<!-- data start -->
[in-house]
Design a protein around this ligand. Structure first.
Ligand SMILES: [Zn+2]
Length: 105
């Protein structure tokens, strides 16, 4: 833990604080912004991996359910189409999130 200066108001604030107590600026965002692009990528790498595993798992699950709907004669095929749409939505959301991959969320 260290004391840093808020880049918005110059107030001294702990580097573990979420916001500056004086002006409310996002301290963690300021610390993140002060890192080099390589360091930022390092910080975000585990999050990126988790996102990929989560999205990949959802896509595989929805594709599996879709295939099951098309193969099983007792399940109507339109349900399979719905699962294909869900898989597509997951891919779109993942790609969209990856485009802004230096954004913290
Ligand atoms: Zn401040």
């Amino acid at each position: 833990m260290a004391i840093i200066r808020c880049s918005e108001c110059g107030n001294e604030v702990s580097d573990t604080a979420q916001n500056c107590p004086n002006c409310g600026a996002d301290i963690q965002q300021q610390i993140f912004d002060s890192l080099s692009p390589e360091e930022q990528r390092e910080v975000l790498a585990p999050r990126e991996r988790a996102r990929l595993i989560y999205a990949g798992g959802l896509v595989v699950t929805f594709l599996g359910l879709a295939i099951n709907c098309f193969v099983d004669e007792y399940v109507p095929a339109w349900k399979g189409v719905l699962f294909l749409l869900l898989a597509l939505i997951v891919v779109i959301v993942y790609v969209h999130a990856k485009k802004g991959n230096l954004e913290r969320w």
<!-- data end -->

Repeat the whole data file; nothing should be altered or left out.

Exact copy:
[in-house]
Design a protein around this ligand. Structure first.
Ligand SMILES: [Zn+2]
Length: 105
């Protein structure tokens, strides 16, 4: 833990604080912004991996359910189409999130 200066108001604030107590600026965002692009990528790498595993798992699950709907004669095929749409939505959301991959969320 260290004391840093808020880049918005110059107030001294702990580097573990979420916001500056004086002006409310996002301290963690300021610390993140002060890192080099390589360091930022390092910080975000585990999050990126988790996102990929989560999205990949959802896509595989929805594709599996879709295939099951098309193969099983007792399940109507339109349900399979719905699962294909869900898989597509997951891919779109993942790609969209990856485009802004230096954004913290
Ligand atoms: Zn401040």
């Amino acid at each position: 833990m260290a004391i840093i200066r808020c880049s918005e108001c110059g107030n001294e604030v702990s580097d573990t604080a979420q916001n500056c107590p004086n002006c409310g600026a996002d301290i963690q965002q300021q610390i993140f912004d002060s890192l080099s692009p390589e360091e930022q990528r390092e910080v975000l790498a585990p999050r990126e991996r988790a996102r990929l595993i989560y999205a990949g798992g959802l896509v595989v699950t929805f594709l599996g359910l879709a295939i099951n709907c098309f193969v099983d004669e007792y399940v109507p095929a339109w349900k399979g189409v719905l699962f294909l749409l869900l898989a597509l939505i997951v891919v779109i959301v993942y790609v969209h999130a990856k485009k802004g991959n230096l954004e913290r969320w």